• Investment of GBP15bn over five years in industrial footprint, vehicle programmes, autonomous, AI and digital technologies and worker skill
• Halewood to become an all-electric factory
• Engine Manufacturing Centre in Wolverhampton to be renamed Electric Propulsion Manufacturing Centre
• Reaffirmed Reimagine strategy, with new ‘House of Brands’ approach to accelerate delivery of modern luxury vision”
• Next medium size SUV architecture goes BEV
• Pre-orders for first Range Rover EV open later this year
• First of three new electric Jaguars will be a four door GT built in Solihull
Tata Motors‘ Jaguar Land Rover said its Halewood plant, on Merseyside in northwest England (originally opened by Ford in 1964), would become an all electric factory and its next generation of medium size SUV architecture, known as electrified modular architecture (EMA), would now be battery-electric.
Chief executive Adrian Mardell reaffirmed the business’s commitment to its so called ‘Reimagine strategy’ which would reposition the global automaker – which has some, limited overseas KD kit assembly in India, Brazil and Malaysia – “as an electric-first, modern luxury carmaker by 2030, as JLR makes strides towards its financial goals of achieving a net cash positive position by FY25 and double-digit EBIT by 2026”.
Mardell said: “I am proud to announce we are accelerating our electrification path, making one of our UK plants and our next-generation medium-size luxury SUV architecture fully electric. This investment enables us to deliver our modern luxury electric future, developing new skills, and reaffirming our commitment to be net zero carbon by 2039.”
Orders for a Range Rover BEV would open later this year.
The first of a new generation of medium-size, luxury SUVs would also be a Halewood built, BEV Range Rover [likely the Freelander/Evoque successor – ed], launching in 2025 “in a move that further affirms JLR’s commitment to the future of the UK car industry”, the automaker said.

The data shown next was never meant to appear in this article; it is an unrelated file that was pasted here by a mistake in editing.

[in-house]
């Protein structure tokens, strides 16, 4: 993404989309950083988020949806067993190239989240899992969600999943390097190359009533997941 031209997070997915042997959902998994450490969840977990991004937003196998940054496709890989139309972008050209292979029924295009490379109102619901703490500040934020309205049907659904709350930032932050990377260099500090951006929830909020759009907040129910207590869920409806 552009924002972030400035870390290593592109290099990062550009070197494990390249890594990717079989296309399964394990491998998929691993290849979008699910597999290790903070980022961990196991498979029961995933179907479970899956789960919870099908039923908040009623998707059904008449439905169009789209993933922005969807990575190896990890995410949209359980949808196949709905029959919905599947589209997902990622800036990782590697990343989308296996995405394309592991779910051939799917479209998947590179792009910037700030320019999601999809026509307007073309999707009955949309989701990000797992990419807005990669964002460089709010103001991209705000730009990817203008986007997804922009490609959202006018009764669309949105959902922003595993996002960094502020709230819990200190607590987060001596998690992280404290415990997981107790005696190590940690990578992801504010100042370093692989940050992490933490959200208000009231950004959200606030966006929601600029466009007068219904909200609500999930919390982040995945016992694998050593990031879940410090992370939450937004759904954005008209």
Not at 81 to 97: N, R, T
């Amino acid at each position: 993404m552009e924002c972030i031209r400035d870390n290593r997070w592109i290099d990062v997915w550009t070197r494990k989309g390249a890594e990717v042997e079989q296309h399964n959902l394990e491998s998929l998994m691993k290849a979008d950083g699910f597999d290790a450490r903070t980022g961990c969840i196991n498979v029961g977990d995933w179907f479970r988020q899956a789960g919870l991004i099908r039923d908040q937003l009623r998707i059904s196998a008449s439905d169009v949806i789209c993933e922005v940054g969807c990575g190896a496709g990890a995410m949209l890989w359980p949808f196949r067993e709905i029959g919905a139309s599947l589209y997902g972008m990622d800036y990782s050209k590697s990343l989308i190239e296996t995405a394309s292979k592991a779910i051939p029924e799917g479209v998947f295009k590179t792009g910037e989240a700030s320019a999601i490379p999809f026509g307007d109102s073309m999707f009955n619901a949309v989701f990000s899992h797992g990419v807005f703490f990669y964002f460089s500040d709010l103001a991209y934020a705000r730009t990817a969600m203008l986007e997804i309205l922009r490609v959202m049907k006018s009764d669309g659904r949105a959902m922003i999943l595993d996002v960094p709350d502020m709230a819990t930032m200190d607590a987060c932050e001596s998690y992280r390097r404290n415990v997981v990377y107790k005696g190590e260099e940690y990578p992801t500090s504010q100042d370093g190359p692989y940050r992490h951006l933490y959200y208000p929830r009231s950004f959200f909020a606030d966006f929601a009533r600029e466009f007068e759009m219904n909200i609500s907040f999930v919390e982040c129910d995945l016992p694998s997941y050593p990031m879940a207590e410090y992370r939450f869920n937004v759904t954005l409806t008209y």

EMA would now be electric only, as the trend to electrification in certain markets increases, but JLR would retain the flexible modular longitudinal architecture (MLA) underpinning Range Rover and Range Rover Sport and continue offering internal combustion engine (ICE), hybrid and BEV variants.
“This gives JLR uncompromised flexibility to adapt its vehicle line up to meet the needs of different markets around the world, that are moving at different speeds towards net zero carbon targets,” JLR added.
‘House of Brands’
JLR said it would move to a ‘House of Brands’ approach, “to amplify the unique character of each of its brands”, to “become proud creators of the world’s most desirable modern luxury automotive brands for the most discerning clients”.
JLR also said the first of three new Jaguars would be a 4-door GT built in Solihull with more power than any previous Jaguar, a range up to 700km (430 miles), likely to be priced from GBP100,000, and built on its own unique architecture, named JEA.
It will on sale in some markets in 2024 with first deliveries in 2025.
“We have radically reimagined Jaguar as a modern luxury brand. The key to [its] transformation is that the designs convey they are a copy of nothing,” said chief designer Gerry McGovern.
Mardell concluded: “We are stepping into an incredibly exciting new electric era for JLR as a modern luxury business.”
As well as electrifying Halewood, JLR announced the Wolverhampton Ingenium ICE plant would produce electric drive units and battery packs for upcoming EVs and would be renamed the Electric Propulsion Manufacturing Centre.
The press shop at the historic Castle Bromwich site, once a WW2 aircraft factory, would be expanded to supply bodies for electric vehicles.
“JLR continues to explore options for other parts of the Castle Bromwich site,” it said.